On the other hand, in a Latin American country ruled by a dictatorship, Roman Catholicism was a strong presence in everyday life. Even in the sport so dear to my identity, the heroes of my team and of the national squad made the sign of the cross every time they scored while my favourite football commentators used a lot of religious exclamations. Apart from this, in every day life, Christian imagery and expressions came out in most conversations. At the British School, due to the Church of England link, things were slightly different. My friends both at school and at the club were mostly Protestant and, as the only Jewish boy who played with them, they considered me as somehow different from the stereotype Jew. This made them feel comfortable to tell me strange things they had learned at home about my people, comments that I could not agree with. Based on my personal experiences, I knew that we were neither stingy nor evil plotters bent on world dominance and I had never come across anyone drinking the blood of Christian children during Passover or, for that matter, at any other time of the year.

As boys do, I wanted to be part of the group, and although I pretended to accept what my friends said, in my heart I knew that there was something fundamentally wrong in my being forced to be a closet Jew. Living amongst the “goyim”, I felt an affinity with Moses growing up in the Pharaoh’s court and sometimes wondered where this was going to end. One issue that intrigued me was that my Christian friends had a human respect and a sense of brotherhood that I never found with my Jewish ones. It never crossed my mind that this goodwill derived from their religious commandment to love one another, neither did I know that this love could be selective and that one or two generations back this duty would never have encompassed “non-believers” such as me.

The one thing that I knew for sure, was that belonging to God’s “Chosen People” was strange. Membership of this select group had nothing to do with personal choice and being Jewish had too much weight in every aspect related to it. The very word “Jewish” would turn people away or produce smiles without any logical reason, depending on who heard it and who spoke it.


Vintage book about the Jews in Brazil

Jewish culture had flourished during the Muslim rule of the Iberian Peninsula. The Portuguese had only recently reclaimed their country to Christianity when they landed in the New World, which in many ways made Brazil have close connections with my tribe. The Portuguese kings adopted a brand of Catholicism emphasising the Holy Spirit, preaching paradise on Earth through the universal understanding among men, they saw people beyond their beliefs and therefore turned a blind eye towards infidels. Their system of belief was far less dogmatic than the one of their Spanish rivals, and ended up producing a more accepting and a far less ruthless spirit, at least in relation to Jews. When the Vatican tightened its control over the Christian world and forced the Portuguese monarchy to fall in line and to turn up the pressure, they went to great pains to convince Jews to convert. Many of them did, but maintained Jewish rituals in private while outwardly accepting Catholicism. A large number of these “New Christians” found refuge in the tropics. Many of today’s most common Brazilian surnames referring to trees, metals and animals, such as “Silva”, “Leitão” (piglet), “Figueiredo” (fig orchard), “Pereira” (pear tree), “Nogueira” (walnut tree) and so many others descend from them.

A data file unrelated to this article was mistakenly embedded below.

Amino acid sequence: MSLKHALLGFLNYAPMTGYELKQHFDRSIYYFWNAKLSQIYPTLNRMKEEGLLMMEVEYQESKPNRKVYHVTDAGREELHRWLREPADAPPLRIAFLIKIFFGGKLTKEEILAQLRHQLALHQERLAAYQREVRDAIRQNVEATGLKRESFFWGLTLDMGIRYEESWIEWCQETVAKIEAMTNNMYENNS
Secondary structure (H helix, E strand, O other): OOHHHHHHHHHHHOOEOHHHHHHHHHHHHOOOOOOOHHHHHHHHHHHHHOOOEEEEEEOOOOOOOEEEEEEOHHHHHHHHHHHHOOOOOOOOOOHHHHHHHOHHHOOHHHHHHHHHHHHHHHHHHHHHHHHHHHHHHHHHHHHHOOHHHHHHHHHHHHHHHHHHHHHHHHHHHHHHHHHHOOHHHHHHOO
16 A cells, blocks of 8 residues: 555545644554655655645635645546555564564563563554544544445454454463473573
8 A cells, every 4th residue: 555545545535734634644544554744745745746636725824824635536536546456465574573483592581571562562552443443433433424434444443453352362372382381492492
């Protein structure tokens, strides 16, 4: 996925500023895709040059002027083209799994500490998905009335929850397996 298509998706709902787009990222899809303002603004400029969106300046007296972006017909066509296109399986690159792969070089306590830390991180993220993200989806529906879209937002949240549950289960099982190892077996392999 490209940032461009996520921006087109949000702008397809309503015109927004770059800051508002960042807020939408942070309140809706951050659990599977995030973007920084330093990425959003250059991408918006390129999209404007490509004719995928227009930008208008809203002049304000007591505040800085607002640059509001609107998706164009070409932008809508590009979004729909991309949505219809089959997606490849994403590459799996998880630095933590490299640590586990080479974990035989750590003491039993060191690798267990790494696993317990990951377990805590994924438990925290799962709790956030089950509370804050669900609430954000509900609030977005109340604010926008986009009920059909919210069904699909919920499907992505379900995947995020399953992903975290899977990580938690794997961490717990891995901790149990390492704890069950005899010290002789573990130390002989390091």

Dad and his friends were part of the most recent wave of immigrants of the Jewish faith to arrive in Brazil. They came because of the war and most considered themselves as temporary residents who were waiting for a United States residency permit. The ones who decided to remain in Brazil were part of just another group of people flocking in. Japanese, Greek, Spanish, Portuguese, Italians, Germans and Lebanese also arrived seeking a share of Brazil’s newfound prosperity. The long haired, reinforced concrete Jew blessing Rio from a vantage point in the Tijuca forest welcomed his patricians and all the other foreigners with open arms.

For most cariocas, our people were a welcome novelty. Behind the wall of prejudice, they discovered thinkers who carried with them sophisticated and cosmopolitan European cultural baggages. In business, most people recognized Jews – or the majority of them – for their strong working ethos and high moral standards. In general, they passed unnoticed in a society defined by its ethnic and racial diversity and many rose to positions of prominence. This was to be the case for my cousin, Bibi Vogel, for the Israeli born actress, Dina Sfat, for the writer, Clarisse Lispector, for the mega-popular television presenter and media mogul, Silvio Santos, for the tropicalista poet, thinker and composer, Jorge Mautner, and for the humorist, Bussunda, to name but a few.